by Ryan Perry on January 18, 2013 in Mid-Tower
Where desktops are concerned, some may consider bigger to be better, but sometimes, there’s nothing quite as satisfying as a simple, classy-looking PC that you can barely hear. Helping to make that scenario a reality is Fractal Design, with its sound-dampened mid-tower Define R4. Let’s check it out.
While most people are excited about what’s happened at this year’s CES in Las Vegas, I’m sitting here pumped about today’s review, because I’m finally getting my hands on a piece of kit from a company that has impressed me since I first stumbled across it a few years back.
Sweden-based Fractal Design has been releasing cases, power supplies, fans and accessories for years and we have one of its newest products, the Define R4 mid-tower case, on the review table today. The R4 is the 4th generation Define and aims to further improve on previous models.
Many of Fractal Design’s cases might fly under the radar of some enthusiasts since they choose to go with a “less is more” approach, at least on the outside. Luckily, our radar does a pretty wide sweep, so let’s get started.
The Define R4 comes in three flavours; Titanium Grey, Arctic White and Black Pearl – the latter of which being the model that we’ve received. It’s made primarily of steel and can support mini-ITX, micro-ATX and ATX motherboards.
As always, we’ll start at the front where the plastic foam-lined door has been textured to give it the look of brushed aluminum. It opens from the right to reveal two vented 5.25″ bay covers and the 3-channel, 3-speed fan control switch to the right. The rest of the front panel is taken up by a large removable dust filter that hides Fractal Design’s own 140mm Silent Series R2 fan with room for another 120mm/140mm fan if needed.
Our review sample has mounting points for an optional 120mm/140mm fan on the solid left panel, but there is a windowed model available. Just in front of the side panels are additional vents that run down the plastic trim to provide extra air flow.
Around back at the top is a vented area, the motherboard I/O opening and another 140mm fan with mounting points for a 120mm unit. Further down are the seven white PCI slot covers, a vertical PCI slot to the right and the power supply opening at the bottom.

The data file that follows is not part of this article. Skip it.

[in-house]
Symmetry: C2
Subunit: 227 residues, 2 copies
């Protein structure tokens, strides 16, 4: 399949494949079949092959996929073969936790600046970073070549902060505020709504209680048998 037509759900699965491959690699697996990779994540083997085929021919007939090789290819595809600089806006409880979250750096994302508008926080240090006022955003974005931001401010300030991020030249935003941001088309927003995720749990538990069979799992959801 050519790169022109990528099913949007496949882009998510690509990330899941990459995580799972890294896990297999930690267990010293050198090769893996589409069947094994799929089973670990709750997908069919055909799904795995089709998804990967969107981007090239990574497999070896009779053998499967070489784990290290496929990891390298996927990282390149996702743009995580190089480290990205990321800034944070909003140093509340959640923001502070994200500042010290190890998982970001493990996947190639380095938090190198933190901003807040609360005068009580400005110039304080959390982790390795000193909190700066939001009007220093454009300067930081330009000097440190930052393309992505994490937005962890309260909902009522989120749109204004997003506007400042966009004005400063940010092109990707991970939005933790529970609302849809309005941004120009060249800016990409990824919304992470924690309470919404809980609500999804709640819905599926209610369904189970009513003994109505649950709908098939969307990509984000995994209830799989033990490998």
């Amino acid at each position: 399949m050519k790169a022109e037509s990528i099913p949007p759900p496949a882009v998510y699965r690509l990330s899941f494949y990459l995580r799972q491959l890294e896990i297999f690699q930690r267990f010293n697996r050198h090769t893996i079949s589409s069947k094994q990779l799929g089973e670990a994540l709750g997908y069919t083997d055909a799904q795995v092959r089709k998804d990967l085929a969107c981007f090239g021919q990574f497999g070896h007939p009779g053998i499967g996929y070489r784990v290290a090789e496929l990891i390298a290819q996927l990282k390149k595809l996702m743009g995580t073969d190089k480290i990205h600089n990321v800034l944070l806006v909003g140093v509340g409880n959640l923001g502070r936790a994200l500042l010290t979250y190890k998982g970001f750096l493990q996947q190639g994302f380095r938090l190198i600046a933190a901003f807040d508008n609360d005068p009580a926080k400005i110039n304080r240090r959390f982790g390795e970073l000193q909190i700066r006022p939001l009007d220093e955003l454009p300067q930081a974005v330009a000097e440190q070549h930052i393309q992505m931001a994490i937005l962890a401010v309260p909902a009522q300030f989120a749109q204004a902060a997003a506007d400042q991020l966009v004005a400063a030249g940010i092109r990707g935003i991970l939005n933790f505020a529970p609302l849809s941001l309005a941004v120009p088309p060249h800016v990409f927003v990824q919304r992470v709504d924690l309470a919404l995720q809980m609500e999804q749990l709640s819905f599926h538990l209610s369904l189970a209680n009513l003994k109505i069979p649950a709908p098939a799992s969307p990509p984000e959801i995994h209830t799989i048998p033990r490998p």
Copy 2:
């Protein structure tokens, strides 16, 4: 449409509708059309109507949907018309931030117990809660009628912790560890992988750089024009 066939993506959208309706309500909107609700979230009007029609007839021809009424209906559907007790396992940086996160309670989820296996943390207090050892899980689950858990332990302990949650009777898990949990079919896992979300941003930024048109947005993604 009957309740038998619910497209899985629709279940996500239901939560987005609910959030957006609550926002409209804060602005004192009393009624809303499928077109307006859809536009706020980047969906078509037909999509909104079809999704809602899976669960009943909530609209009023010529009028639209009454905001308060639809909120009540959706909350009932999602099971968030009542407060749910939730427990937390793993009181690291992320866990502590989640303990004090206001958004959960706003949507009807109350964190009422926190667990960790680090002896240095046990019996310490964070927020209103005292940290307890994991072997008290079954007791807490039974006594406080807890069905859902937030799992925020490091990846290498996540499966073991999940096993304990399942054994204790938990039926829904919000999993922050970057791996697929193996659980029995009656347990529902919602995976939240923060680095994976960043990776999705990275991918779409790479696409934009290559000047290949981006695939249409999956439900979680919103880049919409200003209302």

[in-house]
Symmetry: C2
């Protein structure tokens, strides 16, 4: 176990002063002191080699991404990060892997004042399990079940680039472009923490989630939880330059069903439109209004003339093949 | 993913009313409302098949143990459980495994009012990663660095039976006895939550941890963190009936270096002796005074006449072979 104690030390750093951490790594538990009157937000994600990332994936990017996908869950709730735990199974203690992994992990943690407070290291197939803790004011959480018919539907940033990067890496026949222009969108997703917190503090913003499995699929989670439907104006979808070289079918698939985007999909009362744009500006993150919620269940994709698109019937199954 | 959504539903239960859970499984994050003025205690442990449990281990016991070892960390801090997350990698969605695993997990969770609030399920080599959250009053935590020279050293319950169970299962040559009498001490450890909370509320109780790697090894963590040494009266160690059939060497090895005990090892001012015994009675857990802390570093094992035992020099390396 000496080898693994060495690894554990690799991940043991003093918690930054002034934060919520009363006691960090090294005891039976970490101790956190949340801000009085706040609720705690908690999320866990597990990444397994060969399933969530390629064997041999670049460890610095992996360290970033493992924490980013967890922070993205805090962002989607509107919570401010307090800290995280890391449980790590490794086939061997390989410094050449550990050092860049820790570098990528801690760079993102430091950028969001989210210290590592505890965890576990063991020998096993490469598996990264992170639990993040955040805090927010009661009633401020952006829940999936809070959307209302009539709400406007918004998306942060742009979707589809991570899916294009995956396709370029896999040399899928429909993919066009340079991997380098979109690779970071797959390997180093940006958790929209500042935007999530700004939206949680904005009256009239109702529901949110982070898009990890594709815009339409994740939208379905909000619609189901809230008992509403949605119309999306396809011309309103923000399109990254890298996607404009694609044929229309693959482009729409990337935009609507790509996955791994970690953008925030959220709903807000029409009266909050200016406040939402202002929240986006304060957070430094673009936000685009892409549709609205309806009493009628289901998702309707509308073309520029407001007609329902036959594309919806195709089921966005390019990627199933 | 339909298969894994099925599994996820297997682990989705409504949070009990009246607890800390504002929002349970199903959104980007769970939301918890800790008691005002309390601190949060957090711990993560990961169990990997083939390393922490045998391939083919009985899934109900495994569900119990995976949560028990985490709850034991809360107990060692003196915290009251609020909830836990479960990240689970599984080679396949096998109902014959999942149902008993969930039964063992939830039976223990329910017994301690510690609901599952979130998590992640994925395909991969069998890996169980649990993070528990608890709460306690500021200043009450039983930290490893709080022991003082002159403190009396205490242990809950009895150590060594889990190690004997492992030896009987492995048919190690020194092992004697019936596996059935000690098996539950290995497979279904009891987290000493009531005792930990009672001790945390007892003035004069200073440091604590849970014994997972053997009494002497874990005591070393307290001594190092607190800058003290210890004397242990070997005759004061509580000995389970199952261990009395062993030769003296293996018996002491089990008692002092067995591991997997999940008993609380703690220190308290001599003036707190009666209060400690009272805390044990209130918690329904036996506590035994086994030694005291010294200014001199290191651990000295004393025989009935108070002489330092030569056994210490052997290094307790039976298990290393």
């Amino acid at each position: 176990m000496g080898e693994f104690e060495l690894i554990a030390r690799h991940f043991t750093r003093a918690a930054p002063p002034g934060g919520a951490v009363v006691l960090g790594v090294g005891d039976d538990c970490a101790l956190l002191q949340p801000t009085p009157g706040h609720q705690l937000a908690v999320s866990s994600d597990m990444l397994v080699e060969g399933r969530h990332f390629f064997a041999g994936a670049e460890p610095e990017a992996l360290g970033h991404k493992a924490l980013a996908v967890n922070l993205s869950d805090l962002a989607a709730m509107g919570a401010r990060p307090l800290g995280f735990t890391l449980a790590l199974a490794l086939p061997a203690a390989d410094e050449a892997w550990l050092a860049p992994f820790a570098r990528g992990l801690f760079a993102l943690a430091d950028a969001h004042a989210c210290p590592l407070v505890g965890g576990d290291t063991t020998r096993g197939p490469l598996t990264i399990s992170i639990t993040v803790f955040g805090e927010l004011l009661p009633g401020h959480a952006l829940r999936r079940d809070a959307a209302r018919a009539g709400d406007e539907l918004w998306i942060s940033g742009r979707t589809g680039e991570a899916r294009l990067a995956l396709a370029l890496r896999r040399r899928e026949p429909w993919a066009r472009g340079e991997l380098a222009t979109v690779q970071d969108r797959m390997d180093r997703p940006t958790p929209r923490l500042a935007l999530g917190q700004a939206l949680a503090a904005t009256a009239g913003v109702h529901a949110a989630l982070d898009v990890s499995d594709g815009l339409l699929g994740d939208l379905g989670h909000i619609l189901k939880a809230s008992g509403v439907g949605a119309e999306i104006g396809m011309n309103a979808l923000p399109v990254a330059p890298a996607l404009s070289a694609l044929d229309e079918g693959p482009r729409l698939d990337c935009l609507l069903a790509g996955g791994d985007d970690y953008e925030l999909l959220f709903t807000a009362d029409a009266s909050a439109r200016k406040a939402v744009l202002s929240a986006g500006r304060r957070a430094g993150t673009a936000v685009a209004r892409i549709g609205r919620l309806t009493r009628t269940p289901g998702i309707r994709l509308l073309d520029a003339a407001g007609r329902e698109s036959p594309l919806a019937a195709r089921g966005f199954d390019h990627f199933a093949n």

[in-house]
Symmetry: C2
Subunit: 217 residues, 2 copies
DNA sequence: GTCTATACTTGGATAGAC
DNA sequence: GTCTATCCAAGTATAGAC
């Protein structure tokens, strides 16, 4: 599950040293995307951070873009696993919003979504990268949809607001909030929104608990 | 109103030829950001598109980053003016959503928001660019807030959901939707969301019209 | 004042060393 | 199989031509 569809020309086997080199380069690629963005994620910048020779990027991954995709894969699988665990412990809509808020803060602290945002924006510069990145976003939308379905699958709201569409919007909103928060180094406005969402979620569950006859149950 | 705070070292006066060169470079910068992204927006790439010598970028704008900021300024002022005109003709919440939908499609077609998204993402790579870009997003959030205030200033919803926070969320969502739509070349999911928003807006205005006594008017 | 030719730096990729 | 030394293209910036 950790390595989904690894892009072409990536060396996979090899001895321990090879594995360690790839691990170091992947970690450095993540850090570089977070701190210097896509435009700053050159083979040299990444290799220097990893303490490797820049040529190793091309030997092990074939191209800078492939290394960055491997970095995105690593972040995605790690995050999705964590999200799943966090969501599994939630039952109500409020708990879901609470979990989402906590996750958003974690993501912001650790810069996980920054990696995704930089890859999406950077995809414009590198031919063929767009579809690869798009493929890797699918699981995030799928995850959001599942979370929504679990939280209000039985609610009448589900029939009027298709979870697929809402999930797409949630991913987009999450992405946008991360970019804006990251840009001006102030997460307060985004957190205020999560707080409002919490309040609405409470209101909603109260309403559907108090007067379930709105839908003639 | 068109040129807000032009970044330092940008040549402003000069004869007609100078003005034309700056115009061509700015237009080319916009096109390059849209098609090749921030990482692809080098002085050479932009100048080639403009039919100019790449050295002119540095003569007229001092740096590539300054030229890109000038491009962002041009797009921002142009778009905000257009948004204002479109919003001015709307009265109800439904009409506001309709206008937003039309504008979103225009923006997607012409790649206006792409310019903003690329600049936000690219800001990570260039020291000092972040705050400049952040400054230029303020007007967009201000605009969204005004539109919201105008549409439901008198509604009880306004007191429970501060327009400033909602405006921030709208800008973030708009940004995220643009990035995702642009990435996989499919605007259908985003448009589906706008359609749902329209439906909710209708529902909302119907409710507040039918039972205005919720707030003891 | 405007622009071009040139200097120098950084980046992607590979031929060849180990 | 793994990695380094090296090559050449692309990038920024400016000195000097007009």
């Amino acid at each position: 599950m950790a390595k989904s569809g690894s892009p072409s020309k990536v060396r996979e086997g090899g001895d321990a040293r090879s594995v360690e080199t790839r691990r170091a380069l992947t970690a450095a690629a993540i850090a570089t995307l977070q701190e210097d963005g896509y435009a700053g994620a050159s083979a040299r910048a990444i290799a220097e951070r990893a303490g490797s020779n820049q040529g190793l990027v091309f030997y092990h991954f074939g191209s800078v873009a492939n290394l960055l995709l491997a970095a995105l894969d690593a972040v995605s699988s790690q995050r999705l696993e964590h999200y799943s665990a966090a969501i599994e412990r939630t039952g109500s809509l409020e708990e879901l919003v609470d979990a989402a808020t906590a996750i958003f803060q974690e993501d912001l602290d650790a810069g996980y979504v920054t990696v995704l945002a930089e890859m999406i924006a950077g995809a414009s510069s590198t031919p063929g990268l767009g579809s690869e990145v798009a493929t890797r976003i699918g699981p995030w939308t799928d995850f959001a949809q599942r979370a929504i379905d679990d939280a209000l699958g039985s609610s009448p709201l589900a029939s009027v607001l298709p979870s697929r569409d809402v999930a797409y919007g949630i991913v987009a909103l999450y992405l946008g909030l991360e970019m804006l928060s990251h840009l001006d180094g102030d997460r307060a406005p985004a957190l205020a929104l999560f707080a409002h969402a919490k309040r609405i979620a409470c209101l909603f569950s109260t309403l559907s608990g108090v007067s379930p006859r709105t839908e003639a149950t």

The right panel is completely solid so we’ll move up to the top where the I/O area is located along the front edge. From left to right are the 3.5mm microphone and headphone ports, the reset and illuminated power buttons, two USB 3.0 ports and two USB 2.0 ports. Towards the rear of the top panel are two removable covers that can be replaced by 120mm/140mm fans or, depending on the configuration, even a 240mm radiator.
With the case upside down we see the four rubber feet to help absorb any vibrations, the mounting points for an optional 120mm/140mm fan and a removable dust filter that covers the fan and power supply intake areas.
Before looking at the interior, have a gander at the inside of the side panels. Each is coated in a sound-dampening material that looks like a rubber compound on the outside with a thin foam insert. Even the fan area on the left panel (as well as the two on the top panel) has an extra thick, removable foam insert to help keep sound trapped inside the case.
With the panel off we see that the hard drive cage at the front is in two sections, so users can remove either one based on their needs. Each of the eight, white drive trays can support 3.5″ or 2.5″ drives, while 5.25″ drives can be mounted without tools in the bays above. The motherboard tray features large, grommet-lined holes across the top, bottom and down the right side and a large cut out around the CPU area.
Included with the R4 are all of the screws needed to keep components secure, motherboard standoffs, zip ties, extra rubber washers for mounting the optional fans, a manual and a notice about returning the case to Fractal Design rather than the retailer if there are any issues.
Up next we install our newly modified test system and see how Fractal Design’s latest creation performs.